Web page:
A recent International Monetary Fund report estimates that China exports more inflation to the developing countries than had been previously assumed. For every 1 percentage increase in Chinese inflation, the increase in Asia-Pacific countries is 0.25-0.5 percent. The report argues that the real danger for regional inflation is an up-tick in Chinese output driving commodity prices up. It notes that a 1 percent increase in Chinese output can raise global commodity price inflation by about 5 percent and that the Asian-Pacific region is especially vulnerable to commodity price increases since food and energy compose a sizable proportion of average daily spending.

China’s strategy to build up an enormous export-led growth engine has been to use low wages and to keep its currency cheap. Experts estimate that the Chinese yuan is 40% undervalued, making Chinese products artificially cheap. China has also used its huge market to lure Western companies to transfer their next-generation technology to China. Goods are as much “copied in China” as “made in China.” Many Chinese realize that it is time to change that template but that will be difficult as long as China’s entire system stifles creativity by putting emphasis on rote learning rather than innovation.

The U.S. Senate has recently voted for the Currency Exchange Rate Oversight Reform Act of 2011, which would allow the US to punish any country that manipulates its currency with special duties and import tariffs. The bill is targeted at China, even though it doesn’t mention any country specifically. It is unlikely that the bill will pass the House. Even if it does, it is not likely that such a bill will persuade Beijing to change and it could ignite a trade war. It has already provoked a strong response from China. Beijing describes it as trade protectionism, condemning the bill as a serious violation of World Trade Organization rules and a “ticking time-bomb” that could ignite a trade war.

America has to get used to the idea that it will never get those labor intensive assembly jobs back. The differences in wage are too large, regardless of what China does with the yuan.

Keep in mind that China is the world’s largest holder of American debt. Or, as Late Night talk show host, David Letterman, said recently: Two things you need to know about taxes. They've extended the deadline to April 18, and when you write your check, just make it out to China.

Having said so much about currencies, let’s not delay any longer and let’s turn to this week’s technical part with the analysis of currency markets. We will start with the long-term Euro Index chart (charts courtesy by http://stockcharts.com.)

In the long-term Euro Index chart, we’ve seen the index level bounce off the resistance line, move down to the support level and then pull back up to resistance. Now it is at the declining long-term resistance line, which coincides with the 61.8% Fibonacci retracement level (it moved only slightly higher since we created the above chart). These two lines now coincide and this likely helped keep the index from bigger rally this week.

If the index manages to move above the resistance level and hold for three days, the breakout will likely lead to even higher index levels with a target around 143. It’s possible that the euro could rally even more. Clearly, the situation is currently tense. A decline from here would confirm the breakdown and a move higher would invalidate the breakdown. As is often the case, time will tell all and what eventually happens will be a key determining factor for the subsequent direction of the currency markets.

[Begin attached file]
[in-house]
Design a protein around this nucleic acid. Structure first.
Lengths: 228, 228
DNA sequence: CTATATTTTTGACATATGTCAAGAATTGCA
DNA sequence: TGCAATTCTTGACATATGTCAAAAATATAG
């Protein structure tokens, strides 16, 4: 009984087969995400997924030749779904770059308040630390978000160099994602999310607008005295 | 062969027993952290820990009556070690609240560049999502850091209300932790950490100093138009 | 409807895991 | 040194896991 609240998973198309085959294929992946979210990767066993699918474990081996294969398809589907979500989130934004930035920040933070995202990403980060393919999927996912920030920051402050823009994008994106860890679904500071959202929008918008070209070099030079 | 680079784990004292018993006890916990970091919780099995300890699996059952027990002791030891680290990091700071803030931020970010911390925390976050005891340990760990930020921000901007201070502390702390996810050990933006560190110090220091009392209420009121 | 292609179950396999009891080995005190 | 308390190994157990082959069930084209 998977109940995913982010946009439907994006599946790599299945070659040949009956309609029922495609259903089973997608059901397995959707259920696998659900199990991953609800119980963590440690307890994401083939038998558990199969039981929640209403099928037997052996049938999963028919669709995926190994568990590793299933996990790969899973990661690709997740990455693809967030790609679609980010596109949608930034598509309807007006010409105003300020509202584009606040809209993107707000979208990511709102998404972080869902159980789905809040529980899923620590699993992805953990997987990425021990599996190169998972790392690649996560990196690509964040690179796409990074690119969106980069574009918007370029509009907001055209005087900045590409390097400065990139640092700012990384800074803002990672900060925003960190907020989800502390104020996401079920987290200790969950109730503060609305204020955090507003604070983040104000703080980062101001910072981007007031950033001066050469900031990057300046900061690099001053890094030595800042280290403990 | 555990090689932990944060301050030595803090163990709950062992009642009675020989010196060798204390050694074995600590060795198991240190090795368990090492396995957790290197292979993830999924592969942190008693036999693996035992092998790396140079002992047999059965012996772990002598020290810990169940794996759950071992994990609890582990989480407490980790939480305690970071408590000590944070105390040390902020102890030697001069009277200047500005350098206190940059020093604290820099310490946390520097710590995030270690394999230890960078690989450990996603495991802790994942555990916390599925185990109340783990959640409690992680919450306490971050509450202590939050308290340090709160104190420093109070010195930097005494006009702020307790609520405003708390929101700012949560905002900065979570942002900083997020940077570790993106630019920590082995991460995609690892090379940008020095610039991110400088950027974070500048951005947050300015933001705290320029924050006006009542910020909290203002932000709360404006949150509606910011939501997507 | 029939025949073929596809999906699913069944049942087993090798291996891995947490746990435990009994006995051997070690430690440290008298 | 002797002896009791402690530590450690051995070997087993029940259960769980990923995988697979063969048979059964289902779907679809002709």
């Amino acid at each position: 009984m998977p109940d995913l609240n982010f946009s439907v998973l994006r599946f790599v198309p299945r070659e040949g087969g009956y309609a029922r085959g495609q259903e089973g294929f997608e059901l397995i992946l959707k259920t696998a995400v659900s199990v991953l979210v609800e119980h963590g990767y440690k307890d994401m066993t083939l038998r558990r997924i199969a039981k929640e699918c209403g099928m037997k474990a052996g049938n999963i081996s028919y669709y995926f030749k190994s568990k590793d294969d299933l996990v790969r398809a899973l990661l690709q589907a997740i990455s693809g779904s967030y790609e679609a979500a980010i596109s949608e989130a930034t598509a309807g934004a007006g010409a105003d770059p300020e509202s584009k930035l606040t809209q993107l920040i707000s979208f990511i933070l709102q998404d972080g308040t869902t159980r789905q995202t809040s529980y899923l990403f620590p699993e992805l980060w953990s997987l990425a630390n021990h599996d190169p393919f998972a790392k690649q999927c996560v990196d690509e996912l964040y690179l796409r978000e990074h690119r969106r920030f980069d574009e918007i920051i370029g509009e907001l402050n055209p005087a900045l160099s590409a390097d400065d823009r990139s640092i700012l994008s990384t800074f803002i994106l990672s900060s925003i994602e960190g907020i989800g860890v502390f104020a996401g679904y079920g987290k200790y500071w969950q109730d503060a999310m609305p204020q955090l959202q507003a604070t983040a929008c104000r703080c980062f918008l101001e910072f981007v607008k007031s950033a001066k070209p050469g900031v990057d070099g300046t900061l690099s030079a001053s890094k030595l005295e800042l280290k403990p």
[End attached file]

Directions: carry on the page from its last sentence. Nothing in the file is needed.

On a side note, please keep this chart in mind when you hear talk about technical analysis being no longer valid. The recent reversal after a bullish-hammer-candlestick-pattern coinciding precisely with the Fibonacci retracement level was no coincidence.


We look at the implications for the dollar and for the price of gold as we compare them side-by-side (please click the above chart to enlarge it). Here we have some food for thought for those who claim that the correlation between gold and the dollar has disappeared or is no longer applicable. The analogy between today and late 2009 played out remarkably well, as a decline in the dollar coincided with an upswing in gold's price. So where is the next move from here?

With the tense situation in the currency markets, especially with respect to the euro, the situation is quite blurry. The Eurozone tensions have diminished somewhat this week and a move higher for the euro appears to be about a 55-45 likelihood and would, of course, result in a likely decline in the USD Index.

If you recall what we wrote in our last essay on the bullish outlook for gold, you will notice that the current outlook for the USD Index confirms what we wrote then:

We are inclined to think that we’re relatively close to an upswing in gold. The point here is if a decline is seen before the upswing, it could simply be the formation of a double bottom with the rally yet to come. So a short move down did not invalidate any rally this week since the rally had not yet begun. We have simply seen a rebound after an initial bottom with a second bottom now being formed. As long as the two support levels in the $1,600 range hold, the outlook remains bullish.

Summing up, a move up in the Euro Index and a move down in the USD Index would have bullish implications for precious metals and the above-mentioned point is very much up-to-date. It fact, it seems that the precious metals market is already moving higher even without waiting for a signal from currencies, which means that if that signal comes, the rally could accelerate and our targets will be reached sooner (we will leave details for our subscribers).

Thank you for reading.
P. Radomski